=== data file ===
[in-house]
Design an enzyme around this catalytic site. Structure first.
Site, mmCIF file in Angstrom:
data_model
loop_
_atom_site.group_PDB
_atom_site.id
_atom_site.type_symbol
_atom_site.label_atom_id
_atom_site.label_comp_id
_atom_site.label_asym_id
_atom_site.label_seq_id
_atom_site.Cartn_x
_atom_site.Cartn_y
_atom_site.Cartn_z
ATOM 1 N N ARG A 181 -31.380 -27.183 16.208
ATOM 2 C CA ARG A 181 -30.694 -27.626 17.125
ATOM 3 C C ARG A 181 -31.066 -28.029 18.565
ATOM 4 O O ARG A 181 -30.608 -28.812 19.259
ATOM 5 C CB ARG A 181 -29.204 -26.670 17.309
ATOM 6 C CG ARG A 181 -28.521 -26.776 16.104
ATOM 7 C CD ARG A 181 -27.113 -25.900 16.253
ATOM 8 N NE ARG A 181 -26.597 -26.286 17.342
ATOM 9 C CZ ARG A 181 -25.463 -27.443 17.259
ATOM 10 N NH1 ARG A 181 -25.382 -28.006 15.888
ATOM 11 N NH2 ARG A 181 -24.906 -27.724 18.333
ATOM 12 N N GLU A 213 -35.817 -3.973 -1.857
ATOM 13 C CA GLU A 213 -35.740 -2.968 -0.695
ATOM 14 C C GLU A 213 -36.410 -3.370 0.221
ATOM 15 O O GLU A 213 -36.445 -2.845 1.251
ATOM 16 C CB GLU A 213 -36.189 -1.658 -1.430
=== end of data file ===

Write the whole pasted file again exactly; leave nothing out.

[in-house]
Design an enzyme around this catalytic site. Structure first.
Site, mmCIF file in Angstrom:
data_model
loop_
_atom_site.group_PDB
_atom_site.id
_atom_site.type_symbol
_atom_site.label_atom_id
_atom_site.label_comp_id
_atom_site.label_asym_id
_atom_site.label_seq_id
_atom_site.Cartn_x
_atom_site.Cartn_y
_atom_site.Cartn_z
ATOM 1 N N ARG A 181 -31.380 -27.183 16.208
ATOM 2 C CA ARG A 181 -30.694 -27.626 17.125
ATOM 3 C C ARG A 181 -31.066 -28.029 18.565
ATOM 4 O O ARG A 181 -30.608 -28.812 19.259
ATOM 5 C CB ARG A 181 -29.204 -26.670 17.309
ATOM 6 C CG ARG A 181 -28.521 -26.776 16.104
ATOM 7 C CD ARG A 181 -27.113 -25.900 16.253
ATOM 8 N NE ARG A 181 -26.597 -26.286 17.342
ATOM 9 C CZ ARG A 181 -25.463 -27.443 17.259
ATOM 10 N NH1 ARG A 181 -25.382 -28.006 15.888
ATOM 11 N NH2 ARG A 181 -24.906 -27.724 18.333
ATOM 12 N N GLU A 213 -35.817 -3.973 -1.857
ATOM 13 C CA GLU A 213 -35.740 -2.968 -0.695
ATOM 14 C C GLU A 213 -36.410 -3.370 0.221
ATOM 15 O O GLU A 213 -36.445 -2.845 1.251
ATOM 16 C CB GLU A 213 -36.189 -1.658 -1.430